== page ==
While it was still dark on the morning of 2nd March 2004, with all nine cats and eight dogs aboard into our two loaded vehicles, the police arrived at the gate to arrest me.

gavelWith them was a lawyer, Mr Otukile, crowing about how I was about to skip the country without paying my debts! Apparently, the previous day, a court order had been taken out against Bastion Construction by Otukile representing Tlou Walling, my brick supplier, for an unpaid account. They had come to get me the previous evening, at 19h00, according to the watchman I’d taken on to look after the property after we left for South Africa, but we were out to supper. If I had been home, Sheila pointed out, I’d have spent the night in the cells!

When Otukile had left, confident that I would be slapped in irons, I convinced the police to let me use my own vehicle to go to my other plot, which had my office and store room, to retrieve the documentation that would prove that I had paid Tlou Walling in full. They followed me there to ensure I didn’t do a bunk, then we went to the Courts where we thrashed it out in front of the Clerk of the Court. Otukile admitted that if he had known about this, he would not have let it get this far, but he still wanted me to pay his costs. The matter was then set to be settled before the Magistrate the next day at 08h30.

Nigel Rollo, our surveyor friend from Gaborone, had left a trailer with us after a field trip in Maun, which we would use to help cart some of our possessions down South. It was arranged that I return it on my way back to pick up my next load a week later. The licence disc he needed to send us was delayed for a day, so we would not be leaving until the Thursday, now, in any case.

Unsurprisingly, 08h30 Africa Time became 09h20 Real Time, before everyone got their act together. All concerned gathered to see the Magistrate, Ms Mogomotsi, in her Chambers. First, she listened to Otukile, who had not made himself popular by being late in the first place, then to me.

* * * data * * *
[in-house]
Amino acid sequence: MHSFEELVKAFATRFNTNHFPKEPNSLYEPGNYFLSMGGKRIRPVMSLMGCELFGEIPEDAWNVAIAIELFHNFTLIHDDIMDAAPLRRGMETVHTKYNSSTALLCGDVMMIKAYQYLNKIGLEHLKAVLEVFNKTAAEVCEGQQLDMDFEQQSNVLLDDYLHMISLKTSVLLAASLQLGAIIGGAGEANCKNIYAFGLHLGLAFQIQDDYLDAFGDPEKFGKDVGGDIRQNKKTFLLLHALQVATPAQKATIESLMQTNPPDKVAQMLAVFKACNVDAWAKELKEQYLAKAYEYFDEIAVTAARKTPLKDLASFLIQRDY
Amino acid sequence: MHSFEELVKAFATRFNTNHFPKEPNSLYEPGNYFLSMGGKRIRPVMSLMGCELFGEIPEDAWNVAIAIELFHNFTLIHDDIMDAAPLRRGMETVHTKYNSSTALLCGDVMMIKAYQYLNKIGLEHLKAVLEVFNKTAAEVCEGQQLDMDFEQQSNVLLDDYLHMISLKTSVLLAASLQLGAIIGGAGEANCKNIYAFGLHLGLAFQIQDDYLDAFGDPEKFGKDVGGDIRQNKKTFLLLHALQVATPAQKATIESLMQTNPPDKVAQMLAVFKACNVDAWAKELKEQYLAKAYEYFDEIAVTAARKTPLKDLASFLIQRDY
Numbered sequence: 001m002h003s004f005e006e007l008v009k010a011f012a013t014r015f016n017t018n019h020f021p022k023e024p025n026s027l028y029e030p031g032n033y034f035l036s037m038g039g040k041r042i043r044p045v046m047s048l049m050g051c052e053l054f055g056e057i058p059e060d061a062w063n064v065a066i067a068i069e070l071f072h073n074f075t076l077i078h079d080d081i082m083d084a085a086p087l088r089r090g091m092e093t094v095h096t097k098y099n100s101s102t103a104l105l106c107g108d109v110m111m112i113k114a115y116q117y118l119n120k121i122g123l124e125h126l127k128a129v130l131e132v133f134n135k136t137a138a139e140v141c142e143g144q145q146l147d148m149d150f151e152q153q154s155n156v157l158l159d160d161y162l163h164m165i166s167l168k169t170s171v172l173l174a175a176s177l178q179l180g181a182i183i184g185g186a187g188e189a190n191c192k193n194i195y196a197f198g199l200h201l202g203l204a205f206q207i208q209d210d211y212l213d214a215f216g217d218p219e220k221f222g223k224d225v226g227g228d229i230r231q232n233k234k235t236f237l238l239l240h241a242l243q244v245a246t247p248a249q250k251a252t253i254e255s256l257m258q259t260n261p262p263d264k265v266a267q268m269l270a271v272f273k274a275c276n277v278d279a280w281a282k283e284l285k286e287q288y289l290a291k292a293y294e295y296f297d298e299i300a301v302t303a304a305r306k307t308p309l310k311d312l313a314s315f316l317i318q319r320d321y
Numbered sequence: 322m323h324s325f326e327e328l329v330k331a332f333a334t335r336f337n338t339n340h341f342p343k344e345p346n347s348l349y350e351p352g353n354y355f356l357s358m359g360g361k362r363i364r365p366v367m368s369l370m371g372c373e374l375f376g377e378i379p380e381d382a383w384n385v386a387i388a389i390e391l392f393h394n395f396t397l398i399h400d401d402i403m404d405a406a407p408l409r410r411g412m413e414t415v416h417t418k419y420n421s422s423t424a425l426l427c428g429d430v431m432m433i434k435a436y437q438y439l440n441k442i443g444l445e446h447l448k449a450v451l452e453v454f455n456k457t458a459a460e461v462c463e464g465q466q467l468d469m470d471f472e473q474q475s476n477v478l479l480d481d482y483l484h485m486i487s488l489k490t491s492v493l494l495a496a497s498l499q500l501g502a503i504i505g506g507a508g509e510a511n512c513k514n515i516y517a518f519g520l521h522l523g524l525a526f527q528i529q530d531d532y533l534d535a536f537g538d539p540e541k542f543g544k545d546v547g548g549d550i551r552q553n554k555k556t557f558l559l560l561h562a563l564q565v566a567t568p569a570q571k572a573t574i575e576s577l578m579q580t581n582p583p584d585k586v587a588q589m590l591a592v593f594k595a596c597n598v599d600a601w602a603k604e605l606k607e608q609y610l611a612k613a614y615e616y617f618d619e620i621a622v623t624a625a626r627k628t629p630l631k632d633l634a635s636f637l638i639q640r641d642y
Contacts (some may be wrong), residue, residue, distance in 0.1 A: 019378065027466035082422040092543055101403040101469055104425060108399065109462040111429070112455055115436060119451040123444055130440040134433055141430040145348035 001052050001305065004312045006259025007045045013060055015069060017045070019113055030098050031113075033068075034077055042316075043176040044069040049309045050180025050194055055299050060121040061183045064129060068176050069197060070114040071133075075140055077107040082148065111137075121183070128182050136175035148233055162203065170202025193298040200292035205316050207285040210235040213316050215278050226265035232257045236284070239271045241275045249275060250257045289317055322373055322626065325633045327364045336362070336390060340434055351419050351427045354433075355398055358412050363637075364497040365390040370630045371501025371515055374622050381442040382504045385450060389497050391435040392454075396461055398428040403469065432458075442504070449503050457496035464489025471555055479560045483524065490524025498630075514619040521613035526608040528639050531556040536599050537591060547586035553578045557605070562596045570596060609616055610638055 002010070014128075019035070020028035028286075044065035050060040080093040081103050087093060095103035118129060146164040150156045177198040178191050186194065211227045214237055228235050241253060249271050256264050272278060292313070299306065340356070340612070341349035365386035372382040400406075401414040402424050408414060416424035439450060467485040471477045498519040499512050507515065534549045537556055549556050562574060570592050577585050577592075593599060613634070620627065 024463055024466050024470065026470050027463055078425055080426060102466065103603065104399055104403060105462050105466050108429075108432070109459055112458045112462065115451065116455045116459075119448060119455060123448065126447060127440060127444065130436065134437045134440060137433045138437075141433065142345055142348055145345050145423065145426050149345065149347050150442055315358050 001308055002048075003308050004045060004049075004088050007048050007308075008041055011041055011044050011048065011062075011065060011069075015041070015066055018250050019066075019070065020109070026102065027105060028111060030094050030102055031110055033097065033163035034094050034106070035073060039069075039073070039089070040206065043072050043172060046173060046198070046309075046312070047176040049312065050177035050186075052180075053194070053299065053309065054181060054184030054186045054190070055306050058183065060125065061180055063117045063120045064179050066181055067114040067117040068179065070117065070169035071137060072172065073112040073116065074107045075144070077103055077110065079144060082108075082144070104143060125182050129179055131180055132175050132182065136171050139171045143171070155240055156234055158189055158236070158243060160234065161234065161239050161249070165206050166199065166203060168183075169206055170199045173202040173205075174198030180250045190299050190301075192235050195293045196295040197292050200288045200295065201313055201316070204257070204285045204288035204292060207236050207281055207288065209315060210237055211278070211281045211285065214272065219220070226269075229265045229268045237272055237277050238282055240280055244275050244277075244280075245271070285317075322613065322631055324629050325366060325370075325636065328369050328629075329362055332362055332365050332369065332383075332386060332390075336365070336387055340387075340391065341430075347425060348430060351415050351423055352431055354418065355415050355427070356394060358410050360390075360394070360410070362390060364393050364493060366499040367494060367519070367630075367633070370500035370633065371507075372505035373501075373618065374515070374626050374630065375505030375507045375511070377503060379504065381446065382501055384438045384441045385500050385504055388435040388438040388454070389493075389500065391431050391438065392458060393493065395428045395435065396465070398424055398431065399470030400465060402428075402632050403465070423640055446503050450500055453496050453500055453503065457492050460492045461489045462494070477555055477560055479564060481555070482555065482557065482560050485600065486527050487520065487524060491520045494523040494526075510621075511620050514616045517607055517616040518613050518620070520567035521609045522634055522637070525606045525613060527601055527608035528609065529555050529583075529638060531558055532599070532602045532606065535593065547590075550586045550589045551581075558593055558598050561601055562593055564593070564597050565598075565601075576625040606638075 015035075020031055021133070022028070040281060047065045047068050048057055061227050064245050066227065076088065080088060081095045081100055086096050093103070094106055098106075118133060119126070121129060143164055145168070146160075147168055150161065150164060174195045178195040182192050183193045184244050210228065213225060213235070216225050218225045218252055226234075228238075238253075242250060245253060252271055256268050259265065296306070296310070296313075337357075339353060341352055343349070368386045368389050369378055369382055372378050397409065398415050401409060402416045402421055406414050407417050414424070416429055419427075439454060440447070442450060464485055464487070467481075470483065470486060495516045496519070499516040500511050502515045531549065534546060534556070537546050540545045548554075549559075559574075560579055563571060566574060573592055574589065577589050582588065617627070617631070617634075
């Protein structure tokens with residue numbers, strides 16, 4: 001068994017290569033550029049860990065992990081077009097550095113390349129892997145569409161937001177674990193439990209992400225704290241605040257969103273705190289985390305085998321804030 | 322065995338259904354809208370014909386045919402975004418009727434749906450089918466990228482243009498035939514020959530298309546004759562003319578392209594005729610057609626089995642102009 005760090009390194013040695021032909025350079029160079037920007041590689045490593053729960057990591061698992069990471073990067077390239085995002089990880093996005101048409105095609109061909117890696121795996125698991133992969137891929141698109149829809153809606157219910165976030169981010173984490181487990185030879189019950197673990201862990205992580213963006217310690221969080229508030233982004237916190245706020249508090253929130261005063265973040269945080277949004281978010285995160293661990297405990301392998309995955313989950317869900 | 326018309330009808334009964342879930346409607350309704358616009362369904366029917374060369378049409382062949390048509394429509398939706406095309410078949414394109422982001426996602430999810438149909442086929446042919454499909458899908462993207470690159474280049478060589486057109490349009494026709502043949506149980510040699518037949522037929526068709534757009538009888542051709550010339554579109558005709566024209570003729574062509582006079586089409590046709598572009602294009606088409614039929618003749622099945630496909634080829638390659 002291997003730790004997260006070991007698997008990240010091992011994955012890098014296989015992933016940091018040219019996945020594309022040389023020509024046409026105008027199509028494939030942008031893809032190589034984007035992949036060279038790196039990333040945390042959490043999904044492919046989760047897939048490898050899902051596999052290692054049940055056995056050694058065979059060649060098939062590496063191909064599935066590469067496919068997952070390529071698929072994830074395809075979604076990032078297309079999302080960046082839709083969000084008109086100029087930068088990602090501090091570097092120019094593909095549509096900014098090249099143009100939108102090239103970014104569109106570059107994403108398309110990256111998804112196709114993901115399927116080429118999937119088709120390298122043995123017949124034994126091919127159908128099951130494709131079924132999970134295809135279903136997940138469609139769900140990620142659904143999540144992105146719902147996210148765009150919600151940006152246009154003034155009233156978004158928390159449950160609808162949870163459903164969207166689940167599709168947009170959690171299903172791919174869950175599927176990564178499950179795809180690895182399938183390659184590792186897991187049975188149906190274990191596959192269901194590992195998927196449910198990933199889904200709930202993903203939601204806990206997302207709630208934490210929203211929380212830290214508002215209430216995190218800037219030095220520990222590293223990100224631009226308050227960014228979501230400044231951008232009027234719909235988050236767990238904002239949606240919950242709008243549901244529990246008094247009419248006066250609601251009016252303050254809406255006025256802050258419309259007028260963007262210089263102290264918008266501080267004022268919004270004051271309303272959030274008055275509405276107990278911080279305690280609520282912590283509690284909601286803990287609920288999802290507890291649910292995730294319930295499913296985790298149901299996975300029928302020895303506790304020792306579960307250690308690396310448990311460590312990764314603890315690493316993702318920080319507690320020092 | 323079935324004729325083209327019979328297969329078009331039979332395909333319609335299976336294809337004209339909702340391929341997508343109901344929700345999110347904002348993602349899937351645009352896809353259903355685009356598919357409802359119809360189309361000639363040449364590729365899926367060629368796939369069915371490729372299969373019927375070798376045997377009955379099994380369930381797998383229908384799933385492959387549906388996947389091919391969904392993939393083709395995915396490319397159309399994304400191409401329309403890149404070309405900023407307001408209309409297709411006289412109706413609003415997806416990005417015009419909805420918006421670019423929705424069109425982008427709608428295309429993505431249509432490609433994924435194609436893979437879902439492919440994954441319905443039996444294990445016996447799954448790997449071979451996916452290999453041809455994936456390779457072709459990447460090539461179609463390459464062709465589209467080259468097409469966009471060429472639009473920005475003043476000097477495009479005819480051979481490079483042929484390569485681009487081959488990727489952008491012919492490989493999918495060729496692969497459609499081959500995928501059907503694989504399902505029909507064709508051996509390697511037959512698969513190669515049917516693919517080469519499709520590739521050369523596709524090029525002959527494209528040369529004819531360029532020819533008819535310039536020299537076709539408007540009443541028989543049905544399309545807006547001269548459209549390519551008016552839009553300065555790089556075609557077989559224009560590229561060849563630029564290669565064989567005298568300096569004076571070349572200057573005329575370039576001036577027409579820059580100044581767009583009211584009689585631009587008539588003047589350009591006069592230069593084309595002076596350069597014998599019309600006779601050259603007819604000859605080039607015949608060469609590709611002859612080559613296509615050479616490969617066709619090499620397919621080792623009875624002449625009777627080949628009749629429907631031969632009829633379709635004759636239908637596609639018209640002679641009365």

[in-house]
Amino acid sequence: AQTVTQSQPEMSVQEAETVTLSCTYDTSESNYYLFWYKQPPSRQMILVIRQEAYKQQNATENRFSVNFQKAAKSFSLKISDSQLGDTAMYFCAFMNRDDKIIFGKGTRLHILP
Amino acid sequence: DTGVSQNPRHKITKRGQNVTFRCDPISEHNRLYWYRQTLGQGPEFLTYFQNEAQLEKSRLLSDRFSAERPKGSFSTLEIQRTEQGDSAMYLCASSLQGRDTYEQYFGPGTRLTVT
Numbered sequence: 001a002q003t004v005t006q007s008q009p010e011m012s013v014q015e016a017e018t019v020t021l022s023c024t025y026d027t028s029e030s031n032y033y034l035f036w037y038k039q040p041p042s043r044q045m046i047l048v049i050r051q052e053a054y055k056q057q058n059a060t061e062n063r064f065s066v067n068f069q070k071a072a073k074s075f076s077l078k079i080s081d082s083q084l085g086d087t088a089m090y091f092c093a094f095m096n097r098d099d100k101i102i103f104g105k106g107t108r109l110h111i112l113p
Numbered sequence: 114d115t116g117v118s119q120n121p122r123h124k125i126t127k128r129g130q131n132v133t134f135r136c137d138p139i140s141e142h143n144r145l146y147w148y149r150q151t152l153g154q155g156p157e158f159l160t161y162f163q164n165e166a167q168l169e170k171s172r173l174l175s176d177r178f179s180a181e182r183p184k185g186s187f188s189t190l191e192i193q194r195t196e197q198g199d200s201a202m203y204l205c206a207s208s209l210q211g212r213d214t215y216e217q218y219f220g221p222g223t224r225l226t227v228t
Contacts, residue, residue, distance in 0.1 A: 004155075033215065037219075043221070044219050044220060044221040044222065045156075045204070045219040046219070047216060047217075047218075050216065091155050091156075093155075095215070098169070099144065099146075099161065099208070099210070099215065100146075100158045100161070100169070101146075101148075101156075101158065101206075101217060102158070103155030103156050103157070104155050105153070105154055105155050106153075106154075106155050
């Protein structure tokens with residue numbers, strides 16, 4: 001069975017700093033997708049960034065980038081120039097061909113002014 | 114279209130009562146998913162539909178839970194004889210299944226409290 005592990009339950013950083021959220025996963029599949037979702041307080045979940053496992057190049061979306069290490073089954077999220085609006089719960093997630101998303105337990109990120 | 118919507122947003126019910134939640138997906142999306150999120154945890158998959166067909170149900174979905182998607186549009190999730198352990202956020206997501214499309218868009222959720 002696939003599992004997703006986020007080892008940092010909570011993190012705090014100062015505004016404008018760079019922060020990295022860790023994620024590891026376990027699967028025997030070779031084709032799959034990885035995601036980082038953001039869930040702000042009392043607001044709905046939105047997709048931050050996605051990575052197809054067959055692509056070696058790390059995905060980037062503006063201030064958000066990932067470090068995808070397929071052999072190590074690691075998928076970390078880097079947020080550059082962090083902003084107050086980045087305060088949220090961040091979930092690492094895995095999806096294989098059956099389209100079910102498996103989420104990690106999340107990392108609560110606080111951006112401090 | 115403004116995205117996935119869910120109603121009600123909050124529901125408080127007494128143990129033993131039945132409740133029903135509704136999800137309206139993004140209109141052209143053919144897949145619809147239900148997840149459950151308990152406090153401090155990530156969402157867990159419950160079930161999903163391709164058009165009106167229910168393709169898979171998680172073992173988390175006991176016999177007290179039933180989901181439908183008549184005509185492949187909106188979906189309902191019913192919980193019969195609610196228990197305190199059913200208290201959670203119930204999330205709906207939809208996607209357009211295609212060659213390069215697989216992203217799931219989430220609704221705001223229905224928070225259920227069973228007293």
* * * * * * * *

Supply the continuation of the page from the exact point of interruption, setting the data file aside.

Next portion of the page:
Summing up, she stated that, if it was up to her, costs would be due to the Plaintiff as they had been negligent in informing their lawyer that they had received payment, but that it was not up to her to proportion costs. That would be up to the High Court in Francistown, which would be Otukile’s next step if he wanted to pursue the matter, as he seemed intent on doing.

I phoned a decent local lawyer to handle it if anything transpired, now free to leave. Up at 04h00, we only got going at 08h00 due to settling the animals – the cats in a cage in Sheila’s Toyota Venture, the dogs in a cave among the furniture in my Nissan bakkie with access through a sliding rear window into the cab! Then we picked up our friend Pat Hagan’s daughter, Kirsty, who was getting a lift to her aunt’s home in Vryburg, SA.

After a night in Kang in the Kalahari, due to the need to get a new tyre for Sheila’s Venture, we headed for the border, just before which we let the dogs out. What a lot of pooping and peeing went on. We couldn’t risk it with the cats; they had sandboxes, but the Venture stank to high heaven.

Then, the border crossing was memorable.

Firstly, on the Botswana side, Kirsty’s residence permit was not accepted – a copy of her mother’s permit – until a senior official finally okayed it and earned himself a hug from Sheila. Then the South African Customs wanted to impound the Venture pending its clearance into SA and the paying of VAT. We did not have all the documentation to do this right there and then, it seemed.

Sheila throws a mean wobbly when she puts her mind to it. She told the Customs Official to not to forget to feed the cats as she set off down the road on foot. The Senior Officer pleaded for her to come back, and to calm down while he made a copy of all her documents and told her to get it sorted out at our nearest Customs Office when we arrived in Uniondale. He nearly got a hug, too, but apparently it is not the done thing to go hugging obliging Customs Officers.

After two or three more trips to Maun to fetch more stuff and settle business, I never heard anything further about the Tlou Walling affair.

About peterjearle

Writer of thriller novels. 5 Published: 'Purgatory Road', 'The Barros Pawns', and the Detective Dice Modise Series:'Hunter's Venom - #1' 'Medicinal Purposes Only - #2', and 'Children Apart - #3; all from Southern Africa.
This entry was posted in Botswana, Exploring Africa, Shaping a writer and tagged , . Bookmark the permalink.

One Response to CAUGHT, COURT & CUSTOMS.

  1. Elisa Kriegler says:

    Great retelling of experiences, love reading your word pictures! Reminds me of Gerald Durrell.

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